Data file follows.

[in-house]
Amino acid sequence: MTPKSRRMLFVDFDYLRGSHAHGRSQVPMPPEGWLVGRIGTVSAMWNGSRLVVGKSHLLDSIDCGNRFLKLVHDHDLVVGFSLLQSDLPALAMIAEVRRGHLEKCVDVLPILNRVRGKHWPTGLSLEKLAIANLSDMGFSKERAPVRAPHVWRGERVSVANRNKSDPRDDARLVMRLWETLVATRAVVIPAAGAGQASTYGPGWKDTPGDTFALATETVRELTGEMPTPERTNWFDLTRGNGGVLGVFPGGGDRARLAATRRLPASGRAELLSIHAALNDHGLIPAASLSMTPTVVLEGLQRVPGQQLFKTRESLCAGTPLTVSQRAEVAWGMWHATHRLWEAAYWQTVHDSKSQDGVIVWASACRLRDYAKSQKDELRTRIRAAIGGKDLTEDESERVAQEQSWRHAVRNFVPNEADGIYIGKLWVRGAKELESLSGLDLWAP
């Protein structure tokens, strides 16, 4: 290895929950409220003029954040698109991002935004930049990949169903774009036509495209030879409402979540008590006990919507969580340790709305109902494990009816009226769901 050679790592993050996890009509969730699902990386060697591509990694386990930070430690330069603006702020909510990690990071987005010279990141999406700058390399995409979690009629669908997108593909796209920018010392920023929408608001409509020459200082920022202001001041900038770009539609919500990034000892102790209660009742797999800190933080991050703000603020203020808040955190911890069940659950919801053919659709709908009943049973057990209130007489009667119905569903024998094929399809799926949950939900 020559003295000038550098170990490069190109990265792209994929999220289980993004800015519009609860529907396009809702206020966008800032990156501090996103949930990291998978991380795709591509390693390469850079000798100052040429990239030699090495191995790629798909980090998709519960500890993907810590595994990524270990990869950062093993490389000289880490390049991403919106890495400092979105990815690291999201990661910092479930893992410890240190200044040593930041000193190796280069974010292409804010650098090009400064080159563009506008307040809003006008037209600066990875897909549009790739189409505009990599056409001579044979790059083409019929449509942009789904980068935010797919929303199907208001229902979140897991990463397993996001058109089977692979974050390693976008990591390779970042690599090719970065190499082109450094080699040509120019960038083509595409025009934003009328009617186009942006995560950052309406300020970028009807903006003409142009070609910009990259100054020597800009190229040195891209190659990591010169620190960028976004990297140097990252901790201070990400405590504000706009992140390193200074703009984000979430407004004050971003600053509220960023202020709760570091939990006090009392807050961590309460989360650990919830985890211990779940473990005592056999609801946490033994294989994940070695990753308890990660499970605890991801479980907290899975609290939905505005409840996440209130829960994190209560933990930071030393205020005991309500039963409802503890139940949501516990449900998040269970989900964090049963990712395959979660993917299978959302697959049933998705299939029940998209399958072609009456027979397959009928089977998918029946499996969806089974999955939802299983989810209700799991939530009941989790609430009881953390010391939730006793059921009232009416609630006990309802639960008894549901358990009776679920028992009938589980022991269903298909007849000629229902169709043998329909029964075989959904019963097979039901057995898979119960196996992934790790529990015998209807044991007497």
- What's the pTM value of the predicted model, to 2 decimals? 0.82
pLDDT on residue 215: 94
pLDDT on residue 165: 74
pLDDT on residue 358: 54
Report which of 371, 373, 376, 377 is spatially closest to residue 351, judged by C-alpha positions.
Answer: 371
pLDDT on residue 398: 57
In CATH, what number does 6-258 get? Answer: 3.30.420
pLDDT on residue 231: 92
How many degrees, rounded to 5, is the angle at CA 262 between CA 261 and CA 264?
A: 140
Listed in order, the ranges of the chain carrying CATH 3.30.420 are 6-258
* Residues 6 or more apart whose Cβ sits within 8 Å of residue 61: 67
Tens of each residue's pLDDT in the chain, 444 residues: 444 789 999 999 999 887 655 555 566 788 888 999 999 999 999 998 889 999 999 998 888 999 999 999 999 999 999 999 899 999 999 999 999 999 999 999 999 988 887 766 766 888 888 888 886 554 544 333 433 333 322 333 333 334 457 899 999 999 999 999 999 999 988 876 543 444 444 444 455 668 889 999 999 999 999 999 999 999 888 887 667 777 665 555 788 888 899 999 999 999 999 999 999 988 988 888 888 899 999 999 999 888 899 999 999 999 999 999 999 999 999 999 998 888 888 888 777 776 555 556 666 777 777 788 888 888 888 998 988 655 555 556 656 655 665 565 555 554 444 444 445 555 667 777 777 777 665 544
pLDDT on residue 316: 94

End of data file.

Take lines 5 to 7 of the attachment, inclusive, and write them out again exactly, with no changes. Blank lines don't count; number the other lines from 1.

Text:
pLDDT on residue 215: 94
pLDDT on residue 165: 74
pLDDT on residue 358: 54